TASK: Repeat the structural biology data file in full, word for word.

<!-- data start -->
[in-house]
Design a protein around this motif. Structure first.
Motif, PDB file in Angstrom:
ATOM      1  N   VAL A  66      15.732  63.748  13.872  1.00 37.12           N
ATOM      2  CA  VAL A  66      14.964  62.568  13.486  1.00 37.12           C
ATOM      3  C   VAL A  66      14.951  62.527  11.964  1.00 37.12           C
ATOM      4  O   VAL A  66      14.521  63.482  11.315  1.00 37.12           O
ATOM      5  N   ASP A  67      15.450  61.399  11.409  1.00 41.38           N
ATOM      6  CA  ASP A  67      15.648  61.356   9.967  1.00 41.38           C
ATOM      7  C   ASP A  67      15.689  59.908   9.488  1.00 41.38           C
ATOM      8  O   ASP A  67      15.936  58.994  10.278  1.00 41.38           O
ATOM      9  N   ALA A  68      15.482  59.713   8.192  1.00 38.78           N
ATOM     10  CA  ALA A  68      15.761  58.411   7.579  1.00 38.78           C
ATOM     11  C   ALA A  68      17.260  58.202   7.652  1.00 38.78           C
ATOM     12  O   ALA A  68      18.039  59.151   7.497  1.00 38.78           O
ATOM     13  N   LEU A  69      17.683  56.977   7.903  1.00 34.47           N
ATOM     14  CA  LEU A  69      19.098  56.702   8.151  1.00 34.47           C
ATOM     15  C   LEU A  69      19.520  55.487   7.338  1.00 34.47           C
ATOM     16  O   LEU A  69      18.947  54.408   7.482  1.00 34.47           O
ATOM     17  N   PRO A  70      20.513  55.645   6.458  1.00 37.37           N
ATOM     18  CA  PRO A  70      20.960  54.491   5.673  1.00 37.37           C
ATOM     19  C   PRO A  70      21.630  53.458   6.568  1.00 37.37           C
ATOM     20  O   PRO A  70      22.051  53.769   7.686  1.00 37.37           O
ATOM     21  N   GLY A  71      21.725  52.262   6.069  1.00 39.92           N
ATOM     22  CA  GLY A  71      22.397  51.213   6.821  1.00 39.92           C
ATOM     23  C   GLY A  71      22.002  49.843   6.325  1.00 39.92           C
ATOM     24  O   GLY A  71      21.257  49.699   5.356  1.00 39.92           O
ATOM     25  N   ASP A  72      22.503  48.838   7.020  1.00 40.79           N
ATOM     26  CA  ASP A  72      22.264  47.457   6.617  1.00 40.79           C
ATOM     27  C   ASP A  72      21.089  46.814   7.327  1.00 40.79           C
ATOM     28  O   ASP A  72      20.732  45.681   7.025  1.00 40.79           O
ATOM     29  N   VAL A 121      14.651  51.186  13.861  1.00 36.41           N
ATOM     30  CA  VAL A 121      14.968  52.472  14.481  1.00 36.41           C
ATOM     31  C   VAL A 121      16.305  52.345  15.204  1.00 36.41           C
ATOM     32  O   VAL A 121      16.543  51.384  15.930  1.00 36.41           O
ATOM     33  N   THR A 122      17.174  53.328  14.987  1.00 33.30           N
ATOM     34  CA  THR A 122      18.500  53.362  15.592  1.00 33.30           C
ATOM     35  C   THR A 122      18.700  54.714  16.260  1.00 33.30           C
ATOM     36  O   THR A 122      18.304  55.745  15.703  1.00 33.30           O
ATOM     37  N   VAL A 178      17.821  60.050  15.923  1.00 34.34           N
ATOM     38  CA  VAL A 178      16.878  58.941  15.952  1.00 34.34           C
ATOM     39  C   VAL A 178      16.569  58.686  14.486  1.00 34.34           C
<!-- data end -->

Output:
[in-house]
Design a protein around this motif. Structure first.
Motif, PDB file in Angstrom:
ATOM      1  N   VAL A  66      15.732  63.748  13.872  1.00 37.12           N
ATOM      2  CA  VAL A  66      14.964  62.568  13.486  1.00 37.12           C
ATOM      3  C   VAL A  66      14.951  62.527  11.964  1.00 37.12           C
ATOM      4  O   VAL A  66      14.521  63.482  11.315  1.00 37.12           O
ATOM      5  N   ASP A  67      15.450  61.399  11.409  1.00 41.38           N
ATOM      6  CA  ASP A  67      15.648  61.356   9.967  1.00 41.38           C
ATOM      7  C   ASP A  67      15.689  59.908   9.488  1.00 41.38           C
ATOM      8  O   ASP A  67      15.936  58.994  10.278  1.00 41.38           O
ATOM      9  N   ALA A  68      15.482  59.713   8.192  1.00 38.78           N
ATOM     10  CA  ALA A  68      15.761  58.411   7.579  1.00 38.78           C
ATOM     11  C   ALA A  68      17.260  58.202   7.652  1.00 38.78           C
ATOM     12  O   ALA A  68      18.039  59.151   7.497  1.00 38.78           O
ATOM     13  N   LEU A  69      17.683  56.977   7.903  1.00 34.47           N
ATOM     14  CA  LEU A  69      19.098  56.702   8.151  1.00 34.47           C
ATOM     15  C   LEU A  69      19.520  55.487   7.338  1.00 34.47           C
ATOM     16  O   LEU A  69      18.947  54.408   7.482  1.00 34.47           O
ATOM     17  N   PRO A  70      20.513  55.645   6.458  1.00 37.37           N
ATOM     18  CA  PRO A  70      20.960  54.491   5.673  1.00 37.37           C
ATOM     19  C   PRO A  70      21.630  53.458   6.568  1.00 37.37           C
ATOM     20  O   PRO A  70      22.051  53.769   7.686  1.00 37.37           O
ATOM     21  N   GLY A  71      21.725  52.262   6.069  1.00 39.92           N
ATOM     22  CA  GLY A  71      22.397  51.213   6.821  1.00 39.92           C
ATOM     23  C   GLY A  71      22.002  49.843   6.325  1.00 39.92           C
ATOM     24  O   GLY A  71      21.257  49.699   5.356  1.00 39.92           O
ATOM     25  N   ASP A  72      22.503  48.838   7.020  1.00 40.79           N
ATOM     26  CA  ASP A  72      22.264  47.457   6.617  1.00 40.79           C
ATOM     27  C   ASP A  72      21.089  46.814   7.327  1.00 40.79           C
ATOM     28  O   ASP A  72      20.732  45.681   7.025  1.00 40.79           O
ATOM     29  N   VAL A 121      14.651  51.186  13.861  1.00 36.41           N
ATOM     30  CA  VAL A 121      14.968  52.472  14.481  1.00 36.41           C
ATOM     31  C   VAL A 121      16.305  52.345  15.204  1.00 36.41           C
ATOM     32  O   VAL A 121      16.543  51.384  15.930  1.00 36.41           O
ATOM     33  N   THR A 122      17.174  53.328  14.987  1.00 33.30           N
ATOM     34  CA  THR A 122      18.500  53.362  15.592  1.00 33.30           C
ATOM     35  C   THR A 122      18.700  54.714  16.260  1.00 33.30           C
ATOM     36  O   THR A 122      18.304  55.745  15.703  1.00 33.30           O
ATOM     37  N   VAL A 178      17.821  60.050  15.923  1.00 34.34           N
ATOM     38  CA  VAL A 178      16.878  58.941  15.952  1.00 34.34           C
ATOM     39  C   VAL A 178      16.569  58.686  14.486  1.00 34.34           C